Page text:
A happy couple may not be emotionally intimate with each other

Maya Devi

Emotional intimacy is usually viewed as a critical factor for a fulfilling and lasting relationship. People view emotionally close partners as more stable couples than 'not so' emotionally close ones.

However, a study conducted by the Columbia University's Mailman School of Public Health reported that a couple need not feel proximate to each other for a happy relationship. According to the study, partners who are 'as close as they want to be' will have a great relationship.

“If you want to experience your relationship as healthy and rewarding, it's important that you find a way to attain your idealized level of closeness with your partner." the study’s lead author, David M. Frost, shared.

He also added, "Our study found that people who yearn for a more intimate partnership and people who crave more distance are equally at risk for having a problematic relationship."

He emphasized the importance of attaining the idealized level of closeness with a partner for a “healthy and rewarding relationship.” This means that emotional intimacy is not compulsory for a happy and long-lasting relationship.

For the study, Frost and his team conducted three-yearly online surveys for 732 men and women living across the U.S. and Canada. They were asked questions about their breakup thoughts, closeness with partners, relationship satisfaction, symptoms of depression, and commitment.

57% of respondents reported feeling the excess distance between themselves and their partners, and 5% of them were feeling too close. And 37% of those surveyed were satisfied with how close they felt to their partners.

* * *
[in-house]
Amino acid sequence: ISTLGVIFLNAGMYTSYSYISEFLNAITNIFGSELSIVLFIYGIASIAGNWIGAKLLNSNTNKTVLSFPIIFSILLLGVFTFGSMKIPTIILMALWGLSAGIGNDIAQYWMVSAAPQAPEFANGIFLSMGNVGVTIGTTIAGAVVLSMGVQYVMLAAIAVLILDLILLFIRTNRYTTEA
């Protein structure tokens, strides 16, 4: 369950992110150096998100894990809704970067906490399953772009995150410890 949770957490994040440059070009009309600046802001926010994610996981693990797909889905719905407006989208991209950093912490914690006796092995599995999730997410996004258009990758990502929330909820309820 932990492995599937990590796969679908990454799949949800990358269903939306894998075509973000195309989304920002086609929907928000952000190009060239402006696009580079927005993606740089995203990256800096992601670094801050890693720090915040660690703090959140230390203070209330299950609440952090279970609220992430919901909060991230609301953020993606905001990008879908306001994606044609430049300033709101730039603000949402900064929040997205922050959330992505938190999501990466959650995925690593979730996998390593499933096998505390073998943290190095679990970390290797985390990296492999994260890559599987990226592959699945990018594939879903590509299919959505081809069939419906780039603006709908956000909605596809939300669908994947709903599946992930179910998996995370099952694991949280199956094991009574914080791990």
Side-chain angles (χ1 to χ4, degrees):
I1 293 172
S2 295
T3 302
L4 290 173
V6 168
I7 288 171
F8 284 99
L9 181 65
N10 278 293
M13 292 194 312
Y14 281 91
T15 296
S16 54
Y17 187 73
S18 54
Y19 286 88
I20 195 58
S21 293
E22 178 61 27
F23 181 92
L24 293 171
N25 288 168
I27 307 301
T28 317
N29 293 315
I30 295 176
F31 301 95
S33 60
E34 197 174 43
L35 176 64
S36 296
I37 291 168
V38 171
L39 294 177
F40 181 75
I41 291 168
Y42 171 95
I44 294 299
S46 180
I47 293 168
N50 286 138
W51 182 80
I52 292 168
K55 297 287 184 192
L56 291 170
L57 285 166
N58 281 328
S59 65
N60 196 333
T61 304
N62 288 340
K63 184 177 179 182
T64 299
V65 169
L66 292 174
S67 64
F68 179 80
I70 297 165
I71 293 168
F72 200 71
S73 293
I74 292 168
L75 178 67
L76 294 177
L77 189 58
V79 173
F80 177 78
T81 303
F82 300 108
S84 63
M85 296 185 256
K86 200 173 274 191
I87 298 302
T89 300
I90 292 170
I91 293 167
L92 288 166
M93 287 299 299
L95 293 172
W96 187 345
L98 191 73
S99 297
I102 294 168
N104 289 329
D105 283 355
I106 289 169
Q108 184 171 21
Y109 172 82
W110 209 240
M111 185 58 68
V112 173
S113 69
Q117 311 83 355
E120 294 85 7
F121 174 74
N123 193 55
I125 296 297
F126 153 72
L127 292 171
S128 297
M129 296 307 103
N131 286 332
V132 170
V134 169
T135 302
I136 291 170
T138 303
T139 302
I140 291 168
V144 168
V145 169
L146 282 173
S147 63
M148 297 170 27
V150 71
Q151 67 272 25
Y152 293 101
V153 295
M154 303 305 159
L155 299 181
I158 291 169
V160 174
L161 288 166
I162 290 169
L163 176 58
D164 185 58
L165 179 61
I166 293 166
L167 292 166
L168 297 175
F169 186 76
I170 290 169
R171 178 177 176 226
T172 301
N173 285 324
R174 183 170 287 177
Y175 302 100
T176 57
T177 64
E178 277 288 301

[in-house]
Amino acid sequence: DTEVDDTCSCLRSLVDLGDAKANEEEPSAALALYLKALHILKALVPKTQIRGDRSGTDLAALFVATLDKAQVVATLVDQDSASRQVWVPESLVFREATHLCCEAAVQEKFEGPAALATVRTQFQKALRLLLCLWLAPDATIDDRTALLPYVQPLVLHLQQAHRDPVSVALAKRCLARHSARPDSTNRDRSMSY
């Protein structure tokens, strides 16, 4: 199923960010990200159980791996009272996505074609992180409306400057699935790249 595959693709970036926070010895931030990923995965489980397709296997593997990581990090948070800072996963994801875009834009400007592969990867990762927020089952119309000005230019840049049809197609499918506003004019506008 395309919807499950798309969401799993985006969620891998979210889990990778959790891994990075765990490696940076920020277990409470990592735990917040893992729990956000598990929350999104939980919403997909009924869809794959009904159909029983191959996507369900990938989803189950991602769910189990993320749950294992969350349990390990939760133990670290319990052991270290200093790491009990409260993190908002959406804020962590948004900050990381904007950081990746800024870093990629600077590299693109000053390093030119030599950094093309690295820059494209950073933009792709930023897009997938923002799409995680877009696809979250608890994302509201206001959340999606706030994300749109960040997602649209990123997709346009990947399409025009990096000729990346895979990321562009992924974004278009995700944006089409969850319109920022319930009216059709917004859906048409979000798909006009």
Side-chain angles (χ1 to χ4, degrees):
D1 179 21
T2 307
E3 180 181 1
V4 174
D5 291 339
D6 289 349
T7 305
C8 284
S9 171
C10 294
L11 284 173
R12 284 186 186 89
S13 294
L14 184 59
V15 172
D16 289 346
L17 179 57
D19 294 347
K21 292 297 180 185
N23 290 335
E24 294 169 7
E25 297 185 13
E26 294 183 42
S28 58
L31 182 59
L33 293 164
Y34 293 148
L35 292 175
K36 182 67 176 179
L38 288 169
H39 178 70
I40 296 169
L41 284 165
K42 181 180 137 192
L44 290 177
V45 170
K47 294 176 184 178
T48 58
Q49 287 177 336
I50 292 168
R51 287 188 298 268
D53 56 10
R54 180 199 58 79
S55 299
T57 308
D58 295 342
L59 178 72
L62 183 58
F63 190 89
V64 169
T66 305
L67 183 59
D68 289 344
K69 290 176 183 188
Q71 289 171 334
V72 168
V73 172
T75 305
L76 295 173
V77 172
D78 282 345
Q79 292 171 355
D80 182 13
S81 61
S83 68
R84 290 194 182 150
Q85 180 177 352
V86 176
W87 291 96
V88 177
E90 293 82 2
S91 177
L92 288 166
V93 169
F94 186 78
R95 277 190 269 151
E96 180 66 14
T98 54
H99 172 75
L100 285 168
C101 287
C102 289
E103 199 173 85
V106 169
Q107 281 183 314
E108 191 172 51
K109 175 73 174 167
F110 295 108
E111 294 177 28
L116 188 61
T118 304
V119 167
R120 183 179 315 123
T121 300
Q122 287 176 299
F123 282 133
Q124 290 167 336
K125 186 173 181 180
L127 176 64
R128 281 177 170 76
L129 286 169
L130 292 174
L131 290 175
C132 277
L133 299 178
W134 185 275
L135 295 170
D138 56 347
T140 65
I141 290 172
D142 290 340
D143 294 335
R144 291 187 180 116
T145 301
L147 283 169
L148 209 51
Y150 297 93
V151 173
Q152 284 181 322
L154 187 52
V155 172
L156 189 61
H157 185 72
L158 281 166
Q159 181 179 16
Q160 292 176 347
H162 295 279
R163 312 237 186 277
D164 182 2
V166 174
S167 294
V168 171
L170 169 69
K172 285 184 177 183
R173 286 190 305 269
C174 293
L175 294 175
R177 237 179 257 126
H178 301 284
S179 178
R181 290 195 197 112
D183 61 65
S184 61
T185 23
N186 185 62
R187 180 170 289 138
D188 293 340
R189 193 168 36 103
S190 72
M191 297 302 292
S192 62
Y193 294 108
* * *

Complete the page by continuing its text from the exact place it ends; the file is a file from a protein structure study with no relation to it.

In some cases, interviewed couples attained their idealized closeness during the three years. Such couples experienced better mental health.

When that happens, i.e., partners attain ideal closeness, the quality of the relationship and their mental health improve. Couples who felt either “too close” or “too distant” were more likely to grow unhappy and break up.

Frost advised it’s best not to assume the constituents of a healthy relationship. He added, “We need to hear from people about how close they are in their relationships and how that compares to how close they'd ideally like to be.”

Further studies are digging deeper to analyze closeness discrepancies and their effect on their sex life.

Additionally, according to a study published in the National Library of Medicine, emotional intimacy didn’t profoundly affect sexual intimacy. On the contrary, sexual intimacy had a significant effect on emotional intimacy.

However, this doesn’t indicate that emotional closeness is a weaker determining factor of a relationship than sexual closeness. Different asexual actions can have positive effects on a relationship.

In fact, a study by Kinsey Institute Research & Institute News observed that physical contact, like stroking, decelerates the heart rate of those on the receiving end. This means that a partner who pats affectionately can soothe their spouse and relieve stress. This could provide emotional assurance and strengthen their bond.

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I have done my graduation in history and politics. I write unique and interesting articles focused on our day to day life.


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